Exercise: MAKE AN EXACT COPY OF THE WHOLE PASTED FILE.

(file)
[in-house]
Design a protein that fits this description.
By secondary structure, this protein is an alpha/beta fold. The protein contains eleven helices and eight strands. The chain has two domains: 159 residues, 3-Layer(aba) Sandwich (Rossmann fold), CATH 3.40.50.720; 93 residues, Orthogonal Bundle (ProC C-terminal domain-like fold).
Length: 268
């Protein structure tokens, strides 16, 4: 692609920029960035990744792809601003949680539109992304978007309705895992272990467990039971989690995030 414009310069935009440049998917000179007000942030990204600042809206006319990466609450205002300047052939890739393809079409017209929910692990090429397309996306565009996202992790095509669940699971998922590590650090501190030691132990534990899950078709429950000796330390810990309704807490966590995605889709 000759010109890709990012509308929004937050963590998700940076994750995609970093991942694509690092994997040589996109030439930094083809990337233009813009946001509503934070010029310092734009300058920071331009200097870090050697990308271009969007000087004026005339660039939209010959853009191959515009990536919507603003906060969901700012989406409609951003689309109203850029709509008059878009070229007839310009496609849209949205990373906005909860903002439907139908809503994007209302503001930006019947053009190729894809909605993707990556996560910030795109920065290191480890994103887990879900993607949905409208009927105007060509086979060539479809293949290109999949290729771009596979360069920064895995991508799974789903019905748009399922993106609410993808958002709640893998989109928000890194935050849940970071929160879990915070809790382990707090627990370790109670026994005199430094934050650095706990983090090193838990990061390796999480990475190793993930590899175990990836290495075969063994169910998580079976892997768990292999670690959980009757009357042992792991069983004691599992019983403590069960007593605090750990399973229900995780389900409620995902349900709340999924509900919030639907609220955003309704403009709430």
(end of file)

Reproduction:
[in-house]
Design a protein that fits this description.
By secondary structure, this protein is an alpha/beta fold. The protein contains eleven helices and eight strands. The chain has two domains: 159 residues, 3-Layer(aba) Sandwich (Rossmann fold), CATH 3.40.50.720; 93 residues, Orthogonal Bundle (ProC C-terminal domain-like fold).
Length: 268
């Protein structure tokens, strides 16, 4: 692609920029960035990744792809601003949680539109992304978007309705895992272990467990039971989690995030 414009310069935009440049998917000179007000942030990204600042809206006319990466609450205002300047052939890739393809079409017209929910692990090429397309996306565009996202992790095509669940699971998922590590650090501190030691132990534990899950078709429950000796330390810990309704807490966590995605889709 000759010109890709990012509308929004937050963590998700940076994750995609970093991942694509690092994997040589996109030439930094083809990337233009813009946001509503934070010029310092734009300058920071331009200097870090050697990308271009969007000087004026005339660039939209010959853009191959515009990536919507603003906060969901700012989406409609951003689309109203850029709509008059878009070229007839310009496609849209949205990373906005909860903002439907139908809503994007209302503001930006019947053009190729894809909605993707990556996560910030795109920065290191480890994103887990879900993607949905409208009927105007060509086979060539479809293949290109999949290729771009596979360069920064895995991508799974789903019905748009399922993106609410993808958002709640893998989109928000890194935050849940970071929160879990915070809790382990707090627990370790109670026994005199430094934050650095706990983090090193838990990061390796999480990475190793993930590899175990990836290495075969063994169910998580079976892997768990292999670690959980009757009357042992792991069983004691599992019983403590069960007593605090750990399973229900995780389900409620995902349900709340999924509900919030639907609220955003309704403009709430």